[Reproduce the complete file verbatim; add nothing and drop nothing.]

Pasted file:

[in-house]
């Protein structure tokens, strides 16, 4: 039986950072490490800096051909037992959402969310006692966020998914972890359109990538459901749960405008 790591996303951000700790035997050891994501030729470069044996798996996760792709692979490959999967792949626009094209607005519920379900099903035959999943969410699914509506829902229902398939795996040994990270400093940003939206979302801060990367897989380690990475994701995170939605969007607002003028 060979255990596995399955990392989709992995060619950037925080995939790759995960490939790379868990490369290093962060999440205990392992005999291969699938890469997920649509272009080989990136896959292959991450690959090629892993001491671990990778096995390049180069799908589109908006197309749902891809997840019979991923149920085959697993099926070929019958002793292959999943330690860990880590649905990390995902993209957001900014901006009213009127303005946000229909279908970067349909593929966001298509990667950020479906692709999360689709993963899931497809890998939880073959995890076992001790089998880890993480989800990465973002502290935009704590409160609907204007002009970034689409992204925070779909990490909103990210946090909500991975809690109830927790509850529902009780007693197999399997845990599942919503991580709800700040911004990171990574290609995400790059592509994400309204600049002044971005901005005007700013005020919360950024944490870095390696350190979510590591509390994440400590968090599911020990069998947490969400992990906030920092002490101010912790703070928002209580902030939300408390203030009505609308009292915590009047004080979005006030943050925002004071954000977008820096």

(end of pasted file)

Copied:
[in-house]
């Protein structure tokens, strides 16, 4: 039986950072490490800096051909037992959402969310006692966020998914972890359109990538459901749960405008 790591996303951000700790035997050891994501030729470069044996798996996760792709692979490959999967792949626009094209607005519920379900099903035959999943969410699914509506829902229902398939795996040994990270400093940003939206979302801060990367897989380690990475994701995170939605969007607002003028 060979255990596995399955990392989709992995060619950037925080995939790759995960490939790379868990490369290093962060999440205990392992005999291969699938890469997920649509272009080989990136896959292959991450690959090629892993001491671990990778096995390049180069799908589109908006197309749902891809997840019979991923149920085959697993099926070929019958002793292959999943330690860990880590649905990390995902993209957001900014901006009213009127303005946000229909279908970067349909593929966001298509990667950020479906692709999360689709993963899931497809890998939880073959995890076992001790089998880890993480989800990465973002502290935009704590409160609907204007002009970034689409992204925070779909990490909103990210946090909500991975809690109830927790509850529902009780007693197999399997845990599942919503991580709800700040911004990171990574290609995400790059592509994400309204600049002044971005901005005007700013005020919360950024944490870095390696350190979510590591509390994440400590968090599911020990069998947490969400992990906030920092002490101010912790703070928002209580902030939300408390203030009505609308009292915590009047004080979005006030943050925002004071954000977008820096």